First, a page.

Why is productivity prized and procrastination penalized? What’s the big deal about watching endless loops of funny dog videos on YouTube? What’s the big deal about interrupting writing to text a friend (and take pictures of leaves and post pictures on Instagram and… and…)?

Proverbs and Procrastination

Most people say that they struggle with procrastination. There is so much to be done and so much to do to distract us. 

Congratulations! The human attention span has shrunk from 12 to 8 seconds in around the span of a decade. Goldfish now have a longer attention span than humans![4]

Sometimes it seems like we’re helplessly stuck in destination procrastination. So, what can help us?

The book of Proverbs teaches us that productivity is good and procrastination is bad. For example:

“Go to the ant, O sluggard; consider her ways, and be wise” (Prov. 6:6).

“Whoever works his land will have plenty of bread, but he who follows worthless pursuits lacks sense” (Prov. 12:11).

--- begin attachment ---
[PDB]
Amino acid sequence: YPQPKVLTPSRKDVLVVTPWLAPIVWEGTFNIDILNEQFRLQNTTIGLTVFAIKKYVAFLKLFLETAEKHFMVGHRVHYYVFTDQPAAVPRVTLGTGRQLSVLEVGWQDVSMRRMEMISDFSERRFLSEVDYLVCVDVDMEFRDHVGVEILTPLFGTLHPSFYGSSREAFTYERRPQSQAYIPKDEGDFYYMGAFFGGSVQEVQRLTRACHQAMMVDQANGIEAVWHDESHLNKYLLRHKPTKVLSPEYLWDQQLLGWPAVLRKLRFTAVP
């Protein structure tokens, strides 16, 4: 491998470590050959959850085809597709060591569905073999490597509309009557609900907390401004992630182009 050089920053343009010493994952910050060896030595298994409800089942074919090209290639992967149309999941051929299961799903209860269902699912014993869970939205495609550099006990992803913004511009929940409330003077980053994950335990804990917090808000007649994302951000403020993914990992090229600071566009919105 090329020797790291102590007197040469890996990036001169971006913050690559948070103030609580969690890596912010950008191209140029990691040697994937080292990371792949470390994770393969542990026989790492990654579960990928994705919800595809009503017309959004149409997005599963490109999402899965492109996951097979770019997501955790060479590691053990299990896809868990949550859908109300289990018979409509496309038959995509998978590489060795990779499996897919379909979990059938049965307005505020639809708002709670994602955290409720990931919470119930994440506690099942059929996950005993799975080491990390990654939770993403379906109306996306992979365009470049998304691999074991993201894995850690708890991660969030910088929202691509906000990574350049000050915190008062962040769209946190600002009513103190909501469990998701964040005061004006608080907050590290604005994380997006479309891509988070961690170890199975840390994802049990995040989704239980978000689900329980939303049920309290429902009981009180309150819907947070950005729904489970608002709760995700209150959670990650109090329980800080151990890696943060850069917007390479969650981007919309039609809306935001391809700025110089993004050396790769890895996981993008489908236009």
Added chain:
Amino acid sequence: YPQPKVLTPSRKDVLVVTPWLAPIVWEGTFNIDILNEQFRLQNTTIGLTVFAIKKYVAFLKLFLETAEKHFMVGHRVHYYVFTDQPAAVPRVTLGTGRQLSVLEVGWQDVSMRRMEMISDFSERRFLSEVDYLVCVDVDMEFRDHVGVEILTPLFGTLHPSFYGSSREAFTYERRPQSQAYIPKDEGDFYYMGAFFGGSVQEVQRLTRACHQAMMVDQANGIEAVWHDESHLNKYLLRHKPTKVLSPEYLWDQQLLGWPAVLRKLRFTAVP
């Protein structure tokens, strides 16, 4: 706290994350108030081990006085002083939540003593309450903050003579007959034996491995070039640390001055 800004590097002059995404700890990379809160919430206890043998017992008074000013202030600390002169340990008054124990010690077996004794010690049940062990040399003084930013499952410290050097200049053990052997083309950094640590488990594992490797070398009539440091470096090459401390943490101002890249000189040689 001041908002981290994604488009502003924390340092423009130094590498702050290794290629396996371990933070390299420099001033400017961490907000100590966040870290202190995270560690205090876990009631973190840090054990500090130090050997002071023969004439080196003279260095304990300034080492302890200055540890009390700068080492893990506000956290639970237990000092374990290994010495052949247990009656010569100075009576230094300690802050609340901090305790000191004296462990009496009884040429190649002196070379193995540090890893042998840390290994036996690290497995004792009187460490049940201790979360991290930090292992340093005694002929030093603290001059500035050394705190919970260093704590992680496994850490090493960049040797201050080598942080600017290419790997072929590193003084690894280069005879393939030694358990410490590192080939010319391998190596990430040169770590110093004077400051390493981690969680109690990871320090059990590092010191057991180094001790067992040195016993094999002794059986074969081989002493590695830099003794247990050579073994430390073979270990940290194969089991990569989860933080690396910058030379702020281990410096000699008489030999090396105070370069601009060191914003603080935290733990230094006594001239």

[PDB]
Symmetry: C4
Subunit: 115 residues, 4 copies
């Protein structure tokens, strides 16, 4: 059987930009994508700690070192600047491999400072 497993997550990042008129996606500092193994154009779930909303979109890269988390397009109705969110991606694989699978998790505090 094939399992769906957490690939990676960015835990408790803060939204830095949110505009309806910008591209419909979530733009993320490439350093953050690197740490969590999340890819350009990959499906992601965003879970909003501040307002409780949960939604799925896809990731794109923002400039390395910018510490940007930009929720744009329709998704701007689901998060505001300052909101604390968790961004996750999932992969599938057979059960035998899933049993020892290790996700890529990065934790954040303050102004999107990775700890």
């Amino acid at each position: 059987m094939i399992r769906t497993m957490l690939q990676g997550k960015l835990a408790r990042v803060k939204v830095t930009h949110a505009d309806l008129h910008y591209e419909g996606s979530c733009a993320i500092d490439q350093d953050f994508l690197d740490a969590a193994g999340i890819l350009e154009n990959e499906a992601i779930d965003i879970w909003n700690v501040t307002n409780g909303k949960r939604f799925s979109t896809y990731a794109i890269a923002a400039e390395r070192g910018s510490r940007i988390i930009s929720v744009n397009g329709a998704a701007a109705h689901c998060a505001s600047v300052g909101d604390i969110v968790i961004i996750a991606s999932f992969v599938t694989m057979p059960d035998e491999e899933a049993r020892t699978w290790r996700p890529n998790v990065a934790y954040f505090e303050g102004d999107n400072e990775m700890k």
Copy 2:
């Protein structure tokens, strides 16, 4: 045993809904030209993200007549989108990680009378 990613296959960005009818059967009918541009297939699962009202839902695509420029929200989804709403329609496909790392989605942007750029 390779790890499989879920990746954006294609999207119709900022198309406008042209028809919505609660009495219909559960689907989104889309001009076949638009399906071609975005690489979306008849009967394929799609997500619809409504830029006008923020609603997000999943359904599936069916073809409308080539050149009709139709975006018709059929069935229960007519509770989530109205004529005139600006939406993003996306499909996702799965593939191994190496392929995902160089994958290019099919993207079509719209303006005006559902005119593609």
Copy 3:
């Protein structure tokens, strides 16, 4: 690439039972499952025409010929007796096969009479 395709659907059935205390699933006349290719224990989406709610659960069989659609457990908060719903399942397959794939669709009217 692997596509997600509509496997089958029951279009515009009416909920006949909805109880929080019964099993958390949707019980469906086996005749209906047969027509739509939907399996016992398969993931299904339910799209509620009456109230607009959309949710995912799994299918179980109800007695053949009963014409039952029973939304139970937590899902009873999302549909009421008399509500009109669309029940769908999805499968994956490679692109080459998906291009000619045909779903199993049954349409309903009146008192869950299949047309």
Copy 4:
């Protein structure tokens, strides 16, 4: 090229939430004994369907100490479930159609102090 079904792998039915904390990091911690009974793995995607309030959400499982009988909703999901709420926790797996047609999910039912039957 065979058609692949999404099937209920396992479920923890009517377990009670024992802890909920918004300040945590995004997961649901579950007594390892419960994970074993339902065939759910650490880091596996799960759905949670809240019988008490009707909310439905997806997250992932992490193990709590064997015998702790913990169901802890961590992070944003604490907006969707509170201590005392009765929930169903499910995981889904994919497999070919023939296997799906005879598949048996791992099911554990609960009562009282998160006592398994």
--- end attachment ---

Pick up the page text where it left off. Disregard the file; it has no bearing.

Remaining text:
And there’s many others: Proverbs 10:5; 14:23; 19:15; 20:4, 13; 24:30-34; Ecclesiastes 5:12; Titus 3:14. “Wise wants” inform the counsel in Proverbs. Presumably, people desire to have a reputation for trustworthiness and honor; healthy friendships, including delightful romance; a sense of security and confidence; usefulness; and competence and success at work.[5]

Many Proverbs capitalize on our “wise wants.” “Lazy people are soon poor; hard workers get rich” (Prov. 10:4 NLT). “A man is praised for his insight, but a twisted mind is despised” (Prov. 12:8 HCSB). These verses capitalize on the fact that we want to avoid poverty and want approval. Proverbs teaches us that if we want to avoid poverty and want to obtain approval we must work hard. So, Proverbs uses “wise wants” to speak to the issue of procrastination.

Enjoying life and having fun is good. Even having wealth is good, when used to God’s glory. Paul tells us that we are to receive all God’s blessing with thanksgiving (I think that even includes funny dog videos, but of course in moderation) (1 Tim. 4:4).

So, I’m not knocking on fun, pleasure, and leisure. They are God-given and good. But God has also given us things to accomplish and we flourish in life as we are functioning in His ordained will. We were meant to live for more than just distraction. We were meant to live for a purpose. It’s as we understand that purpose that we begin to experience freedom from distraction and procrastination. So, what purpose are we ultimately called to?